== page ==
Interstate 470 in Kansas provides a bypass loop of I-70 and the Polk-Quincy Viaduct through Downtown Topeka. The western half, Dr. Martin Luther King, Jr. Memorial Highway, constitutes a commuter route and part of U.S. 75, a major north-south route across Topeka. The eastern half runs along the tolled Kansas Turnpike between Interchanges 177 and 183.
The 2001-realignment of Interstate 70 at the East Topeka Interchange slightly extended I-470 east to beyond the site of the former Topeka Service Area.
The section of Interstate 470 that overlays the Kansas Turnpike was constructed in 1955 and 1956, with the entire turnpike opening on October 21, 1956. The portions of the Kansas Turnpike that carry I-35, I-70, and I-470 were approved as part of the Interstate Highway System by the Federal Highway Administration (FHWA) in 1957. The remainder of I-470 west of the toll road was constructed in the 1960s.1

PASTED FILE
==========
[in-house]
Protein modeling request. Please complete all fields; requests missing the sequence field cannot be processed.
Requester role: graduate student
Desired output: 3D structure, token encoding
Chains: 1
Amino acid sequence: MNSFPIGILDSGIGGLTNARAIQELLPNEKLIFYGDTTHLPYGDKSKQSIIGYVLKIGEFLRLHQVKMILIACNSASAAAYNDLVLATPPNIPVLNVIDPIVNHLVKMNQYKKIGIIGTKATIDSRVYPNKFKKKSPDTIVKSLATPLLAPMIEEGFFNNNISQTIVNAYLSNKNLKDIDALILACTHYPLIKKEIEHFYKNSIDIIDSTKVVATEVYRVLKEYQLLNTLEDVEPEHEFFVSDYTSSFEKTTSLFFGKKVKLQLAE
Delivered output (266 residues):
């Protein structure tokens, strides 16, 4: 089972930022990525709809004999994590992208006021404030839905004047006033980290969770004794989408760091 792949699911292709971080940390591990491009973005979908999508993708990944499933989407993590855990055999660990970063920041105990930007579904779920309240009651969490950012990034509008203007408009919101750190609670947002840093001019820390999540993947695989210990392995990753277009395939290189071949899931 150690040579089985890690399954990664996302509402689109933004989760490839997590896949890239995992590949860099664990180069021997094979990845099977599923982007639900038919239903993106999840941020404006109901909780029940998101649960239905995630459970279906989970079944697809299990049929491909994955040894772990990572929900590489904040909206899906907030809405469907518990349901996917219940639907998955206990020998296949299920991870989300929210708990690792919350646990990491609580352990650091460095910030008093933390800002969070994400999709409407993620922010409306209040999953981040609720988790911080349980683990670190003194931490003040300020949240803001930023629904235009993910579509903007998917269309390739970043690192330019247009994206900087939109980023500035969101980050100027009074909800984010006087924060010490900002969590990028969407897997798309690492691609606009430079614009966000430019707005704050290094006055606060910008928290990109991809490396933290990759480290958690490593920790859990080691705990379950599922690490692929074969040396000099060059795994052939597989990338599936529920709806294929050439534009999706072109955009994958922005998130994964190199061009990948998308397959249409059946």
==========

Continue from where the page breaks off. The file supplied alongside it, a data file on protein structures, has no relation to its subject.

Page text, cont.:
A $94-million project started in 1997 redesigned the East Topeka Interchange on the Kansas Turnpike where I-70 and I-470 converge with U.S. 40 and K-4. A new alignment and main line toll plaza for Interstate 70 was constructed, bringing the freeway onto the Turnpike mainline via a high-speed wye interchange at the east end of I-470. This eliminated a trumpet interchange and access road leading north to where I-70 presently meets Rice Road at Exit 365. The work also added access to the Oakland Expressway, the route of K-4 northward across the Kansas River to U.S. 24. The new East Topeka Interchange opened to traffic on August 1, 2001.2